He joined the Department of Electronics En-gineering of the National Chiao Tung University, Hsinchu, in July 2005, as an Assistant Professor. His current research interests include signal process-ing aspects on communications, cross-layer considerations for OFDM and OFDMA systems, multicarrier CDMA, and MIMO-OFDM systems.

C.-C. Jay Kuo (S’83-M’86-SM’92-F’99) received

the B.S. degree from the National Taiwan University, Taipei, in 1980 and the M.S. and Ph.D. degrees from the Massachusetts Institute of Technology, Cam-bridge, in 1985 and 1987, respectively, all in Elec-trical Engineering. Dr. Kuo was Computational and Applied Mathematics (CAM) Research Assistant Professor in the Department of Mathematics at the University of California, Los Angeles, from October 1987 to December 1988. Since January 1989, he has been with the University of Southern California, where he is currently Professor of Electrical Engineering, Computer Science and Mathematics and Director of the Signal and Image Processing Institute. His research interests are in the areas of digital signal and image processing, multimedia compression, communication and networking technologies. Dr. Kuo has guided about 80 students to their Ph.D. degrees and supervised 15 postdoctoral research fellows. He is co-author of seven books and about 800 technical publications in international conferences and journals.

Dr. Kuo is a Fellow of IEEE and SPIE and a member of ACM. He is Editor-in-Chief for the Journal of Visual Communication and Image Representation, and Editor for the Journal of Information Science and Engineering and the EURASIP Journal of Applied Signal Processing. He was on the Editorial Board of the IEEE Signal Processing Magazine in 2003-2004. He served as Associate Editor for IEEE Transactions on Image Processing in 1995-98, IEEE Transactions on Circuits and Systems for Video Technology in 1995-1997 and IEEE Transactions on Speech and Audio Processing in 2001-2003. He received the National Science Foundation Young Investigator Award (NYI) and Presidential Faculty Fellow (PFF) Award in 1992 and 1993, respectively.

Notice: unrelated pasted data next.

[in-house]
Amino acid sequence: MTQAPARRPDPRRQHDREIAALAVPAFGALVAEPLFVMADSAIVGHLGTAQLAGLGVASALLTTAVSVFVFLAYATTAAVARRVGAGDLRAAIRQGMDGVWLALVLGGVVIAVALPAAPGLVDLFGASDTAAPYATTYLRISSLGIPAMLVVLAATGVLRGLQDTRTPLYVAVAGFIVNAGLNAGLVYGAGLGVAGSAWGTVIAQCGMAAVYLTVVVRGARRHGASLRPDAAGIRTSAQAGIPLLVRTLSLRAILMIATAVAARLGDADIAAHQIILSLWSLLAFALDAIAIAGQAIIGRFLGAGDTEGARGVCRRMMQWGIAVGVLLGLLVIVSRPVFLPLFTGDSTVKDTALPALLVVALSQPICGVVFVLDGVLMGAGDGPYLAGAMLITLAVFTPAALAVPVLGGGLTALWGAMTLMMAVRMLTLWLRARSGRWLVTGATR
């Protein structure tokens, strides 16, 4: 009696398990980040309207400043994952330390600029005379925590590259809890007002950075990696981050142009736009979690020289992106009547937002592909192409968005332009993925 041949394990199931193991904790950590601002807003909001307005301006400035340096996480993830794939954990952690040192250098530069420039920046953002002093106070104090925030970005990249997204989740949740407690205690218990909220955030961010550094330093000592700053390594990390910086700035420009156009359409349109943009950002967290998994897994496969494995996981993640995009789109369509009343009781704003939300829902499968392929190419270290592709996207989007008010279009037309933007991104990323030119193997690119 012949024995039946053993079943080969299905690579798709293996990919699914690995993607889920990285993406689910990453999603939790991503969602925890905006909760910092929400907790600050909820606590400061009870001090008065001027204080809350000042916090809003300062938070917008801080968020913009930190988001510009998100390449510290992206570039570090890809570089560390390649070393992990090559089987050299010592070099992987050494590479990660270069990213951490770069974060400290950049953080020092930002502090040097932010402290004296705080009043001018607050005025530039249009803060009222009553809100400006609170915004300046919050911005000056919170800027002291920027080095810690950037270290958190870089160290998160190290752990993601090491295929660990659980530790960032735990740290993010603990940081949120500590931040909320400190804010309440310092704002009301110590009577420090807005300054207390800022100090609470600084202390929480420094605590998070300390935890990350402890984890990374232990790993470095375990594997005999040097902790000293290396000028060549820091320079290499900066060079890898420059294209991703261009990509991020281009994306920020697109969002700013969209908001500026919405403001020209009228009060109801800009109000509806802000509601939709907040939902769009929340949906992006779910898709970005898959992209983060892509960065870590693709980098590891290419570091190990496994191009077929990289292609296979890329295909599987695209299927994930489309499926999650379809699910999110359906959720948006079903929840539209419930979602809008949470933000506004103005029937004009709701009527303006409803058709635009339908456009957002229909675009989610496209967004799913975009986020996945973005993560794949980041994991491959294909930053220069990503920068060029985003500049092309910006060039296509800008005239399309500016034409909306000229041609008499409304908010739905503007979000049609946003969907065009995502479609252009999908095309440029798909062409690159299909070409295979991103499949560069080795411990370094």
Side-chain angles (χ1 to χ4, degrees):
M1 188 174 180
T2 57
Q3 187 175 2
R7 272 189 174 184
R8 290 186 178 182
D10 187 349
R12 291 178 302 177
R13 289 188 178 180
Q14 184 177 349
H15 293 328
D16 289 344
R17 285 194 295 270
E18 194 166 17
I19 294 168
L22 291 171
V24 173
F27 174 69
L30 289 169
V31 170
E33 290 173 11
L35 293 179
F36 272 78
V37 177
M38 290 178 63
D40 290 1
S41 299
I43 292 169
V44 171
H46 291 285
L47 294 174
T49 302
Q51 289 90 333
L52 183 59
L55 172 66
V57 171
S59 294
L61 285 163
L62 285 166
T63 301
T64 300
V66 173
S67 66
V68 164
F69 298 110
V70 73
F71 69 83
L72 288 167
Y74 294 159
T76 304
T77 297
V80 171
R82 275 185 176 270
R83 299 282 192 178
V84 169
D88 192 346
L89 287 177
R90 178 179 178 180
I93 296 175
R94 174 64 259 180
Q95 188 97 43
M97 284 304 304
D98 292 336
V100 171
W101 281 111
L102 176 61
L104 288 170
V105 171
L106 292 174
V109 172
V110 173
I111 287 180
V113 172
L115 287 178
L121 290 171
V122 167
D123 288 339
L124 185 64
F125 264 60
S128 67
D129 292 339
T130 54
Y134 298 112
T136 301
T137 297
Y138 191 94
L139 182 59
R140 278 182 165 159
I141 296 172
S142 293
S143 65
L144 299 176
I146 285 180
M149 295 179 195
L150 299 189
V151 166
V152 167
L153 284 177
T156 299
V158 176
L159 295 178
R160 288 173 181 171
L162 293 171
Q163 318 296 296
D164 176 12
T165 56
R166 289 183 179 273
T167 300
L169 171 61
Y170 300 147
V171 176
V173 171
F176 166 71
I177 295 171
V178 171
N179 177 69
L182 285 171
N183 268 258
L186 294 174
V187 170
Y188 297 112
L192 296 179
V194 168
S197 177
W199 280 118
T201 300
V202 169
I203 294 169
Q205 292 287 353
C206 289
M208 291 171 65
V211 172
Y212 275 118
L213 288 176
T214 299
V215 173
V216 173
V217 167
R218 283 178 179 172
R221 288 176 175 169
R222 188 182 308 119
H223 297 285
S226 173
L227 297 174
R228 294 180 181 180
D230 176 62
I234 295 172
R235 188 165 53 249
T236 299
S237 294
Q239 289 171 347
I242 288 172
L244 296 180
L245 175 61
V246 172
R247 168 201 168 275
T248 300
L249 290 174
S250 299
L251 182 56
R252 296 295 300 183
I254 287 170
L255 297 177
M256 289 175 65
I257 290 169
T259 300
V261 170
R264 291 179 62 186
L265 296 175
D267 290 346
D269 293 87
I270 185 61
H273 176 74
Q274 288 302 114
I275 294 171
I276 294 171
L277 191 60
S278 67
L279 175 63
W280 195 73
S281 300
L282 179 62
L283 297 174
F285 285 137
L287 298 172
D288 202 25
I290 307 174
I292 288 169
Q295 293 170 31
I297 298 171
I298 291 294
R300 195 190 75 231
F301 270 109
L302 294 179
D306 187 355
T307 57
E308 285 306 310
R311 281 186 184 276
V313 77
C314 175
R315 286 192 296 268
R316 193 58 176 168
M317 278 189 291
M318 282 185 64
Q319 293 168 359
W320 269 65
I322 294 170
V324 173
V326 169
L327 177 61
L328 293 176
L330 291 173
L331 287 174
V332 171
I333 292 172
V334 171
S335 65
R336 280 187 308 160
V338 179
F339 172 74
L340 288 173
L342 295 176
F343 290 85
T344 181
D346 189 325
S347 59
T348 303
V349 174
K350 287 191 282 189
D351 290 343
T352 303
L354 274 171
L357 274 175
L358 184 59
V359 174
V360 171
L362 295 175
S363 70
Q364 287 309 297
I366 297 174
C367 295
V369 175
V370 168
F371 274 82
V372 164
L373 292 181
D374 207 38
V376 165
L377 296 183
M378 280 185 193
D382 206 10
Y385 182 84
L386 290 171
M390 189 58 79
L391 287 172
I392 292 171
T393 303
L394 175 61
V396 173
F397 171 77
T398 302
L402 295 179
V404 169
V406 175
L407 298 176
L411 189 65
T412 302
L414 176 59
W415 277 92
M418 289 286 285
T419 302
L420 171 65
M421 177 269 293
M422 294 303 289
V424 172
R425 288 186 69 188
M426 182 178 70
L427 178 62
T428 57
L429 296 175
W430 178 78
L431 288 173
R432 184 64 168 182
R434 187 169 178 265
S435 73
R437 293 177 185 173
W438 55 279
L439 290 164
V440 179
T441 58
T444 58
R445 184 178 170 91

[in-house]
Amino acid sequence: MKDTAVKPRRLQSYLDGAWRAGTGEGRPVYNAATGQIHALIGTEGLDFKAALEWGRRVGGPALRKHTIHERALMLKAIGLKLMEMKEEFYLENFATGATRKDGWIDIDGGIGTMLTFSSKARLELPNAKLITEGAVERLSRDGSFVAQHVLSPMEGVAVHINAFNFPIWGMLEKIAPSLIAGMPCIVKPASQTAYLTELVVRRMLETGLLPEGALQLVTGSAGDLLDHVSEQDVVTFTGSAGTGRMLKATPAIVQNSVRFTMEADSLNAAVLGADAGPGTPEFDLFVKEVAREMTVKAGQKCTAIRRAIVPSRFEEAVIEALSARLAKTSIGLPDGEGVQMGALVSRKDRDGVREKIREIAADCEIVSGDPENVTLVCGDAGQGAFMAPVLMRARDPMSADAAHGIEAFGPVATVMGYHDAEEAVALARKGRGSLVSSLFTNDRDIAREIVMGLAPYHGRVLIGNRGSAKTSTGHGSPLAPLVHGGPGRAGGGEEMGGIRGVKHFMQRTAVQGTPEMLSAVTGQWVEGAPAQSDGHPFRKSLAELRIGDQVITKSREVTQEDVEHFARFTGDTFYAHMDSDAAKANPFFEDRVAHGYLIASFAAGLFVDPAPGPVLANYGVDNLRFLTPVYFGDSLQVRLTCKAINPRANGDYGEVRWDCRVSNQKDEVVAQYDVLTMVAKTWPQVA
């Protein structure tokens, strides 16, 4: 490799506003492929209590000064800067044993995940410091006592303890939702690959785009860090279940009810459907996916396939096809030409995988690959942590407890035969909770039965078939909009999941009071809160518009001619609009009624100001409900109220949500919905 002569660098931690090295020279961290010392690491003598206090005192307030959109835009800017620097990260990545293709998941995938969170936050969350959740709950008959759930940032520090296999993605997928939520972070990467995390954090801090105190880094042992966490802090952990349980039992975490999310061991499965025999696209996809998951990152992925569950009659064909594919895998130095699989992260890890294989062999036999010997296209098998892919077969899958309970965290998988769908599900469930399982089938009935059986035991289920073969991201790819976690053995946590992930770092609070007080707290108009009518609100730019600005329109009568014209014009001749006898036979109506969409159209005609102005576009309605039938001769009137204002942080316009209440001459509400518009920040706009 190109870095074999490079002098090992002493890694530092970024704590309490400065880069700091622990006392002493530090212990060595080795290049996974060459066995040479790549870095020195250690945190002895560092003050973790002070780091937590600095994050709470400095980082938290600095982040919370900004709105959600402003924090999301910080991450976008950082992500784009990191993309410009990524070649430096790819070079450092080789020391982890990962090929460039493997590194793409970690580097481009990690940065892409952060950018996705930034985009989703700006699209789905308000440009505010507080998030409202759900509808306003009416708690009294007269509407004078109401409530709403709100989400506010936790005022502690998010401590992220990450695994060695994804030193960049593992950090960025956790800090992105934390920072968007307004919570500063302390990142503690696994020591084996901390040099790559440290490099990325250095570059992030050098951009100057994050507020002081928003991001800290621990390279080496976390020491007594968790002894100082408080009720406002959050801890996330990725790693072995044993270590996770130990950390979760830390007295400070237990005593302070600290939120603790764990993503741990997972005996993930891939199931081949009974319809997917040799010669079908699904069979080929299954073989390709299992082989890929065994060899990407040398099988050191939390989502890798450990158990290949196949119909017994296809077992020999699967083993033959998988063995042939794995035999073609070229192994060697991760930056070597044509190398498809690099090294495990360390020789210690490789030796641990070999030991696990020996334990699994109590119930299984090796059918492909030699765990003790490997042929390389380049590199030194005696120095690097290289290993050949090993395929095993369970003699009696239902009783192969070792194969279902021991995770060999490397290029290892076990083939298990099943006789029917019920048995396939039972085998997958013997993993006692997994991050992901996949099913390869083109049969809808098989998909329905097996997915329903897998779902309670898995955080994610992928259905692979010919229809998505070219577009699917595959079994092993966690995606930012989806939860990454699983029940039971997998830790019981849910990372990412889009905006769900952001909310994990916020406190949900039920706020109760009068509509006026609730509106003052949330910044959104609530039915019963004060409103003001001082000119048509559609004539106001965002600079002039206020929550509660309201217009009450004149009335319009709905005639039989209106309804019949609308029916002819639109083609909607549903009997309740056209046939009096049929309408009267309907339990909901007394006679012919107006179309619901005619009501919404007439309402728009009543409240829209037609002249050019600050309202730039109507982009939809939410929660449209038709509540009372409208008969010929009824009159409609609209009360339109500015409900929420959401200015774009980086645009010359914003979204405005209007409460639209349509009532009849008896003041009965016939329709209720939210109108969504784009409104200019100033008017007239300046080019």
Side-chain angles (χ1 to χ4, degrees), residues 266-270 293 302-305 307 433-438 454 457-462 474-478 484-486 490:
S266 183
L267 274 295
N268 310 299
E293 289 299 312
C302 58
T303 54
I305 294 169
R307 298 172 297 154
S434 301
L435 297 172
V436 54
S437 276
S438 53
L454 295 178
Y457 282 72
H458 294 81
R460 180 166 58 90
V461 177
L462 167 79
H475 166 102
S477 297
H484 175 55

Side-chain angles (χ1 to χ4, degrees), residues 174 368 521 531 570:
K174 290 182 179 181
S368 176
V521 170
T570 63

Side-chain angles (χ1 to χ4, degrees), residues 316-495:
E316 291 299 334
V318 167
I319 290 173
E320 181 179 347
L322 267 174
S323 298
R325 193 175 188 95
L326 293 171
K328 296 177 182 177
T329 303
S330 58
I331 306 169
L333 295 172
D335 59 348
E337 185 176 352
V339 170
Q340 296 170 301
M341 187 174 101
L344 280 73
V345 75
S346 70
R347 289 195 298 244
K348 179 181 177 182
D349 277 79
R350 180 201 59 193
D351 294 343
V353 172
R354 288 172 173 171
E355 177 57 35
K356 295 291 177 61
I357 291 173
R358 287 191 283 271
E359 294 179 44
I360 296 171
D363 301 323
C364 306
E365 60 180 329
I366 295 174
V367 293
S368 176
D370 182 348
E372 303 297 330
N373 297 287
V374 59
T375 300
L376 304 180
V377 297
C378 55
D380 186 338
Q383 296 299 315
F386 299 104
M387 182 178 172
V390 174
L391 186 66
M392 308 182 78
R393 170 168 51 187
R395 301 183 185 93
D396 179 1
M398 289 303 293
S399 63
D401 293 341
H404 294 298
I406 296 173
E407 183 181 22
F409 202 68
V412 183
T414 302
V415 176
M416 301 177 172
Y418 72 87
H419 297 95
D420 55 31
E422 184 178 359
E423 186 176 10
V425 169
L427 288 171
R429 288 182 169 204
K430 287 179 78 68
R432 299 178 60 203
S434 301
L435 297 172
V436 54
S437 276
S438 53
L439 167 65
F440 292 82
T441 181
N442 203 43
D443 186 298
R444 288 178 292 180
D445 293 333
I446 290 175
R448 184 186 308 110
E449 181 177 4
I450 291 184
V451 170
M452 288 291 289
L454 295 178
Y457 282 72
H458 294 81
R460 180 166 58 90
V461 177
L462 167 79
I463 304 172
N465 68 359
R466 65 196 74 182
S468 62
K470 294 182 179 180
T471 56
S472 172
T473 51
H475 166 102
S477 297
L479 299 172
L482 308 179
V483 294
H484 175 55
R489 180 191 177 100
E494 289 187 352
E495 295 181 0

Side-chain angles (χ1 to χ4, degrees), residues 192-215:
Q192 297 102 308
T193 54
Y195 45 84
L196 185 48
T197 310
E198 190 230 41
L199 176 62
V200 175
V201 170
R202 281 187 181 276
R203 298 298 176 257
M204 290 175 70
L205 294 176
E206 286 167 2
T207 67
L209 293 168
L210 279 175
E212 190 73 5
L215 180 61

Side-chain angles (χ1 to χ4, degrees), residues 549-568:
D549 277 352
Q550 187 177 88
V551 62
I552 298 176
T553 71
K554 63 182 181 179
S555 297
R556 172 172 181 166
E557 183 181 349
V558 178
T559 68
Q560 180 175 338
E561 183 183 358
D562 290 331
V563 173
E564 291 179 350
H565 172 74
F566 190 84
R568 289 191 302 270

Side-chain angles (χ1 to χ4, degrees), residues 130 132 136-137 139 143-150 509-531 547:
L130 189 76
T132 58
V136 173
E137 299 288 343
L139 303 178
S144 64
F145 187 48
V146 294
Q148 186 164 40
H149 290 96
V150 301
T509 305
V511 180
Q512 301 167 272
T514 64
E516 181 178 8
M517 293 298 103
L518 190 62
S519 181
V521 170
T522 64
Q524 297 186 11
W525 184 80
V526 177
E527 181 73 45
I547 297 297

數據

Fig. 1. The update order of estimates in the proposed recursive algorithm at each symbol block m.
Fig. 1. The update order of estimates in the proposed recursive algorithm at each symbol block m. p.6
Fig. 2. The tracking behavior of the real and the imaginary parts of the first element of f m|m(1) in the training mode.
Fig. 2. The tracking behavior of the real and the imaginary parts of the first element of f m|m(1) in the training mode. p.7
Fig. 3. The normalized CFO vector estimates as a function of tracking time in the training mode.
Fig. 3. The normalized CFO vector estimates as a function of tracking time in the training mode. p.7
Fig. 4. The MSE of the CFO vector estimate as a function of time using the recursive EM algorithm in the training mode with and without the quadratic constraint.
Fig. 4. The MSE of the CFO vector estimate as a function of time using the recursive EM algorithm in the training mode with and without the quadratic constraint. p.7
Fig. 5. The MSE of the estimate ˆ f m|m as a function of time for different E b /N o in the blind scenario.
Fig. 5. The MSE of the estimate ˆ f m|m as a function of time for different E b /N o in the blind scenario. p.8
Fig. 6. The evolution of the BEP performance of the MC-CDMA system in the blind scenario with ε 1 = 0.1, N = 8, K = 5 and L = 5.
Fig. 6. The evolution of the BEP performance of the MC-CDMA system in the blind scenario with ε 1 = 0.1, N = 8, K = 5 and L = 5. p.8
Fig. 7. The BEP performance of the MC-CDMA system in the blind scenario employing the proposed recursive algorithm, Li-Liu’s scheme [9] and  Toreli-Liu’s scheme [10] with ε 1 = 0.1, N = 8, K = 5, and L = 5.
Fig. 7. The BEP performance of the MC-CDMA system in the blind scenario employing the proposed recursive algorithm, Li-Liu’s scheme [9] and Toreli-Liu’s scheme [10] with ε 1 = 0.1, N = 8, K = 5, and L = 5. p.8
Fig. 8. The BEP performance of the MC-CDMA system in the blind scenario employing the proposed recursive algorithm and Li-Liu’s scheme [9] with ε 1 = 0.1, N = 8, K = 5, and L = 5.
Fig. 8. The BEP performance of the MC-CDMA system in the blind scenario employing the proposed recursive algorithm and Li-Liu’s scheme [9] with ε 1 = 0.1, N = 8, K = 5, and L = 5. p.9